Between December 1989 and March 1990, the Central Round Table met in East Berlin to discuss making reforms to the GDR, and to draft a new constitution. As I enter Sophiensæle, I am informed that the year is now 2090 and those visions have been implemented. “POSTOST 2090”, by Rike Flämig, Anna Hentschel and Zwoisy Mears-Clarke, is a celebration of 100 years of the draft constitution, of feminist utopias, and of ‘Ossifuturism’.
I choose one of the swivel stools dotted throughout the space, as the five performers walk slowly between us, speaking softly, moving gently, a very subdued beginning to a celebration. Pham Minh Duc, Rike Flämig, Claudia Graue, Zwoisy Mears-Clarke and Yvonne Sembene then begin speaking to us loudly at the same time, and I can only catch fragments – an ecological manifesto, a description of the new holographic fountain in Treptower Park. The overlapping monologues are delivered from atop installations made from a range of materials: straggled grass, squeaky polystyrene, taut plastic. It is a textural variety which I also see among the performers, in their movements, voices, bodies and gaze. It seems as though this is not an idealised vision of a united society, this is the real thing – polyphonic, diverse, and complex.
Claudia Graue kneels on a mirrored surface and moves her arms across it like pistons, matching her industrial movements with the vocalised rhythms of a printing machine. She then retraces the patterns and describes a day of childcare and housework, while a sewing machine hammers away in the background. Is it a reminder that, while women were a vital part of the workforce in the GDR, they still shouldered the vast majority of the housework? It could just as easily be a comment on our current society’s failure to properly acknowledge female labour.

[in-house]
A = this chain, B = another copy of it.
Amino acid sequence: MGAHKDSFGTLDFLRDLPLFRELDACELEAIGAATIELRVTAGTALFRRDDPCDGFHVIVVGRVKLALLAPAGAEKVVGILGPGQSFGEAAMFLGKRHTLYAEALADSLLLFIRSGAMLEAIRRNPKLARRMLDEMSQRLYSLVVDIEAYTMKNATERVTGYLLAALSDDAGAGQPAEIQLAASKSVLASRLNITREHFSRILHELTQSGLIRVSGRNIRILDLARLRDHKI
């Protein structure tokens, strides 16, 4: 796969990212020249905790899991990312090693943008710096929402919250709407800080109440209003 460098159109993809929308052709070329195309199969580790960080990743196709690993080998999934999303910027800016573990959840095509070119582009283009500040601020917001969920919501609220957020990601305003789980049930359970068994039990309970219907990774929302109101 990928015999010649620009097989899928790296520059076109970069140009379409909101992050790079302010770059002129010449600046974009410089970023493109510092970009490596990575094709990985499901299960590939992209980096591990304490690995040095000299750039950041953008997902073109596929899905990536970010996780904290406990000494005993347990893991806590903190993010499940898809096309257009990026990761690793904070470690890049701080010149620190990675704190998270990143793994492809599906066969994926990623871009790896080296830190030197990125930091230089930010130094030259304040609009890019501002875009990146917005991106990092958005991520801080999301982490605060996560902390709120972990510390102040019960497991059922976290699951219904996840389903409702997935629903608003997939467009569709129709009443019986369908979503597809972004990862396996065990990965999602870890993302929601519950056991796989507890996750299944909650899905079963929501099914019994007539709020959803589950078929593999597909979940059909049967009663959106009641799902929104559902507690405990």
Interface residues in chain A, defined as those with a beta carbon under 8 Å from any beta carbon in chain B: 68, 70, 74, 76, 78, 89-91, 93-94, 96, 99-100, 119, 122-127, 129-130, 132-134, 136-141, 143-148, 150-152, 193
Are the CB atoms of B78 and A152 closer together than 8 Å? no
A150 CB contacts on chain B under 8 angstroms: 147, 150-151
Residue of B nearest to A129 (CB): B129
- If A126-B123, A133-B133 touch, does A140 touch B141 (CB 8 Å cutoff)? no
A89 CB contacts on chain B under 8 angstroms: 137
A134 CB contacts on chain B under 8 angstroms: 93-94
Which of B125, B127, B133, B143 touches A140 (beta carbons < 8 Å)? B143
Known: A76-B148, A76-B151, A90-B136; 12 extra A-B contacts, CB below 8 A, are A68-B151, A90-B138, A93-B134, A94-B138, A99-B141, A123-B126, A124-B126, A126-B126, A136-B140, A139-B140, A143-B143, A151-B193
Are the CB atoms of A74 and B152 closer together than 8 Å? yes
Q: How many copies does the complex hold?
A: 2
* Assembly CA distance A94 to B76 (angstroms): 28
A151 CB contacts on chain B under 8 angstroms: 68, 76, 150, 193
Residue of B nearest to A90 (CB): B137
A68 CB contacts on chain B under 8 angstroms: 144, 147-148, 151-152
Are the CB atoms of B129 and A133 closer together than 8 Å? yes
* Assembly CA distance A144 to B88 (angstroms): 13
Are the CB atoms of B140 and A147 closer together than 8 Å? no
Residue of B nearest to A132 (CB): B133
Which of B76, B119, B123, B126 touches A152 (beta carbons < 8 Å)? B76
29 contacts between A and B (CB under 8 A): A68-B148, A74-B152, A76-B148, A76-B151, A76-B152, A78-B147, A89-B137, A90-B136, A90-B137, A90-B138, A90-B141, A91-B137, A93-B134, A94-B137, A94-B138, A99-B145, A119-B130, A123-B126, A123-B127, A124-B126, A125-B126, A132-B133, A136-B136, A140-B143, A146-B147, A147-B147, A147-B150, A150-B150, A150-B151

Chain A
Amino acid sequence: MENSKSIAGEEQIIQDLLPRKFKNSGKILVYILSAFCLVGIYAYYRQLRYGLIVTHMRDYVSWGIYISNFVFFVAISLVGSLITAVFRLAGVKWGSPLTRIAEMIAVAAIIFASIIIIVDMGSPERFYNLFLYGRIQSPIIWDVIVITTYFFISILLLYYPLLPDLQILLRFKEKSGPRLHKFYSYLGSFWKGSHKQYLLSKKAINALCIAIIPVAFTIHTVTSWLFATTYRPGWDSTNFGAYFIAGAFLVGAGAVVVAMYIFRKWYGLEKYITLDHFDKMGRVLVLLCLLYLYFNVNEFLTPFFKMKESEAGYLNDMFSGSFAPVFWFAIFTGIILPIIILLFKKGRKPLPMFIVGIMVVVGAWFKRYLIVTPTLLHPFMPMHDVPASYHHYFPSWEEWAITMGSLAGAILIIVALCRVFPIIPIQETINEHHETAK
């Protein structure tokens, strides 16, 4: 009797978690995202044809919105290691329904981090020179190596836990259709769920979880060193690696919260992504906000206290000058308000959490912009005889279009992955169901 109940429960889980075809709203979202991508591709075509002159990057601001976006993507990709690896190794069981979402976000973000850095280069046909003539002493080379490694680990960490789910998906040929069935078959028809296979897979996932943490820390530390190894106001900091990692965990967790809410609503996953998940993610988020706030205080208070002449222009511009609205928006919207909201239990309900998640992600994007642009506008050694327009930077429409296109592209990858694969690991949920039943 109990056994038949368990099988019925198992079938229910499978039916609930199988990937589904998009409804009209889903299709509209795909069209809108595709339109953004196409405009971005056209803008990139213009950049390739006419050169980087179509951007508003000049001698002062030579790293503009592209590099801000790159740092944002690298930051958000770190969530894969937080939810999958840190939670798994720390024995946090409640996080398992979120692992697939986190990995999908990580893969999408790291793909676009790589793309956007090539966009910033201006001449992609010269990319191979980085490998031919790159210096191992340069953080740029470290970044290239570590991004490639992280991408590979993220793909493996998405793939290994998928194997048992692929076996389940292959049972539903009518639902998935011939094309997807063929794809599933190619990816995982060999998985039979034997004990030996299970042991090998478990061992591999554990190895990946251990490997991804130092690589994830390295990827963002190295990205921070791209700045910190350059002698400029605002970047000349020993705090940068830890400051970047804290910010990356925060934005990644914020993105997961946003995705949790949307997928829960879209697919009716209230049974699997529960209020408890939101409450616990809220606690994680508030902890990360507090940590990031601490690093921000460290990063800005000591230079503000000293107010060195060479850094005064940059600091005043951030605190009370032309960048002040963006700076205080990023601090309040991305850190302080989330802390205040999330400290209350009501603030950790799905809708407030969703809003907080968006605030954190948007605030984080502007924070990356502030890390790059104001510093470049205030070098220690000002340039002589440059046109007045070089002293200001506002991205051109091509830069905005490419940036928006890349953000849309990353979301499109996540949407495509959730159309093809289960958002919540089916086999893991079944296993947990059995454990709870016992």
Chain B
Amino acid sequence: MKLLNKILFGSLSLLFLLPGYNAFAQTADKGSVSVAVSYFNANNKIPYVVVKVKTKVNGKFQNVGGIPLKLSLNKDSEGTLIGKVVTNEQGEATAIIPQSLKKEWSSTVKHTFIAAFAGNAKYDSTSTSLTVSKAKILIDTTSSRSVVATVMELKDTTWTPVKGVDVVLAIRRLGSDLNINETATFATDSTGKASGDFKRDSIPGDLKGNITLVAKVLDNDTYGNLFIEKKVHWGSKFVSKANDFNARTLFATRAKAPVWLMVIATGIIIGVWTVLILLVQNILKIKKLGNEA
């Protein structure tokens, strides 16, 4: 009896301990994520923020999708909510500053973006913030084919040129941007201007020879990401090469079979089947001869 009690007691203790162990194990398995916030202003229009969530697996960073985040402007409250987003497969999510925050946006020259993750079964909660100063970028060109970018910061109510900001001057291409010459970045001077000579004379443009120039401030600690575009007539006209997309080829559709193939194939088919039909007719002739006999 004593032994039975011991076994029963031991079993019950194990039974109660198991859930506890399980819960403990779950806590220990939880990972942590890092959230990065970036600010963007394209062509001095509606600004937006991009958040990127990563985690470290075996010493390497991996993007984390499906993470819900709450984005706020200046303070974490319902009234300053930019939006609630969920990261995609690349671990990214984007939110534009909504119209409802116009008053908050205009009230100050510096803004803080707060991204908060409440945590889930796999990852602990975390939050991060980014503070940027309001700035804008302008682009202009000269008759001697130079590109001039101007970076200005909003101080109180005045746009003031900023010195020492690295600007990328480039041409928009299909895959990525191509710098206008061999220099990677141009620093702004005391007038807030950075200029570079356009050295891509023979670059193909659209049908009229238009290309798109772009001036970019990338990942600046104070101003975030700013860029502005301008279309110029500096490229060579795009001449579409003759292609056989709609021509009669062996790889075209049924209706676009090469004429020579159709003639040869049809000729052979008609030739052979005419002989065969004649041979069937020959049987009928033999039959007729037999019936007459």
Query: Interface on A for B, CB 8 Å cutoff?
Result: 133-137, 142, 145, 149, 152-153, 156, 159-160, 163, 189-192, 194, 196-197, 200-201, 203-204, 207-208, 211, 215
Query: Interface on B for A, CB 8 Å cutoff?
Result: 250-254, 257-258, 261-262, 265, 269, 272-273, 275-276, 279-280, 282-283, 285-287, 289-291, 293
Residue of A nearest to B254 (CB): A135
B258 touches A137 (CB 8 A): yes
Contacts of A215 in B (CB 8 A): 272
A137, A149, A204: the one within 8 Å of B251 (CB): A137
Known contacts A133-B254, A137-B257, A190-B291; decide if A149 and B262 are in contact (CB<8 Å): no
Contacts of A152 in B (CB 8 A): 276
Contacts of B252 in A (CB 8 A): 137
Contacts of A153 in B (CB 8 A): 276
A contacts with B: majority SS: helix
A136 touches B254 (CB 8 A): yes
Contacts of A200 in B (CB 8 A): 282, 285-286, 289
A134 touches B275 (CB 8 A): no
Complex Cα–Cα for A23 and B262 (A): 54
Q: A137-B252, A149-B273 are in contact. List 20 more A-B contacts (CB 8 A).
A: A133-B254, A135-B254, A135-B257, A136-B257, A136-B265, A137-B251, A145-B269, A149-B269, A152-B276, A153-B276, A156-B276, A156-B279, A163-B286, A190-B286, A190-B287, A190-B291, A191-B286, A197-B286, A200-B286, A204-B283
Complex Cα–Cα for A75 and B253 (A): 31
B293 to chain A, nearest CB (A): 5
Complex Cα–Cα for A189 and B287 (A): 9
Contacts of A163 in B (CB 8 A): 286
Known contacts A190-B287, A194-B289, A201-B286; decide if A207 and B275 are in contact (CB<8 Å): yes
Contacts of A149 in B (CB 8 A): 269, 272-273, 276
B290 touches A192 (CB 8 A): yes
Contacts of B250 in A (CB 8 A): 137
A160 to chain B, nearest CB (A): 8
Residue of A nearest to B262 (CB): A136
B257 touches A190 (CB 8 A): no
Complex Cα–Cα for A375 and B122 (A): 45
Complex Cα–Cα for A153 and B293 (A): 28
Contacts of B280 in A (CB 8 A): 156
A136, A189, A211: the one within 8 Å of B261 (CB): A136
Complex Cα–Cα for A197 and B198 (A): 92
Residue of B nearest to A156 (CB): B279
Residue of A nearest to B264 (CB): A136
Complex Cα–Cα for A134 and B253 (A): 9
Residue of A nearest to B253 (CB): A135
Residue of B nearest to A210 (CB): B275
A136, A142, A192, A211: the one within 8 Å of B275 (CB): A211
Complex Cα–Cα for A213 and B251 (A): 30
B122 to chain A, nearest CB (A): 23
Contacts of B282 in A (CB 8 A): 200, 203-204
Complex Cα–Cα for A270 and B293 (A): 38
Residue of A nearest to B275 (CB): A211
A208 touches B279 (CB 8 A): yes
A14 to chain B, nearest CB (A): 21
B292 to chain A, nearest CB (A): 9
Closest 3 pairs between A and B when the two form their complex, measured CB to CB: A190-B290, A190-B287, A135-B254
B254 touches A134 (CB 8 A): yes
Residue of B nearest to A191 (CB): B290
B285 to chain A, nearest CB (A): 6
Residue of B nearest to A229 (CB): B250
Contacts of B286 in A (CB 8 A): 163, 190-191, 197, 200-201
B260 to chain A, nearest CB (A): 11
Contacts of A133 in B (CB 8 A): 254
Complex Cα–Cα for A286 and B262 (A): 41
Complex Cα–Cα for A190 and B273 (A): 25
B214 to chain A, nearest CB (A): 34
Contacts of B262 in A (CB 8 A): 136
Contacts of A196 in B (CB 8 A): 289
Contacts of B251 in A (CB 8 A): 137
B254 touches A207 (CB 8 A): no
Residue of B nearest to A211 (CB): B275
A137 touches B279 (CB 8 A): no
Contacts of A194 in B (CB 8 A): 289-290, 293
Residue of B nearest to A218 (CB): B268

Yvonne Sembene then takes centre stage and strikes coy, elegant poses, smiling performatively. She breathes heavily, increasing the volume to ensure she is heard over the other performers. Again, is it a museum display from the future showing how people identified as women were once objectified and sexualised? Or a proposal as to how female sexual and bodily autonomy might yet be achieved? That is what makes POSTOST 2090’s temporal gymnastics so interesting; the blurring of lines between past and future, reality and utopia, creates an ambiguity which opens up a world of political and artistic possibilities. If our present is the hazy moment existing between interpretations of the past and visions for the future, it is a space which the work occupies intelligently and wholeheartedly.
Accompanying the performance is the POSTOST zine, a collection of texts from and about women in the GDR, overlaid with additional writings and annotations from the team. And that is what the piece itself feels like – a genuine celebration of GDR feminism, stamped with distinctly intersectional contemporary voices. At one point, Sembene and Pham Minh Duc move explosively through the space and jump on a trampoline to pounding music, an outburst of movement which invokes joy, defiance, anger even. A roll call of names is projected onto one wall, flashing by so quickly it is hard to make them out, though I catch the names of some feminist thinkers and transgender activists. Finally, the slogan “Nothing about us without us” remains, a stark reminder of the historical and current marginalisation of certain voices, and of the urgency to listen to them now.
“POSTOST 2090” feels like an experimental advanced grammar class, reeling off the past imperfect, present progressive, and future conditional, before suggesting they might all be used interchangeably. The piece’s inherent contradictions are encapsulated by its final words, as the cast read and sing what sounds like a call to arms in an imagined East German dialect from the future. German has a reputation as a language with a word for everything, and I find myself wondering if it has one for the new feeling which POSTOST leaves me with: nostalgia for the future.
Under the focus DAS OST-WEST-DING 2 Sophiensæle is presenting performances, audio walks, readings, and talks until 3rd October 2020.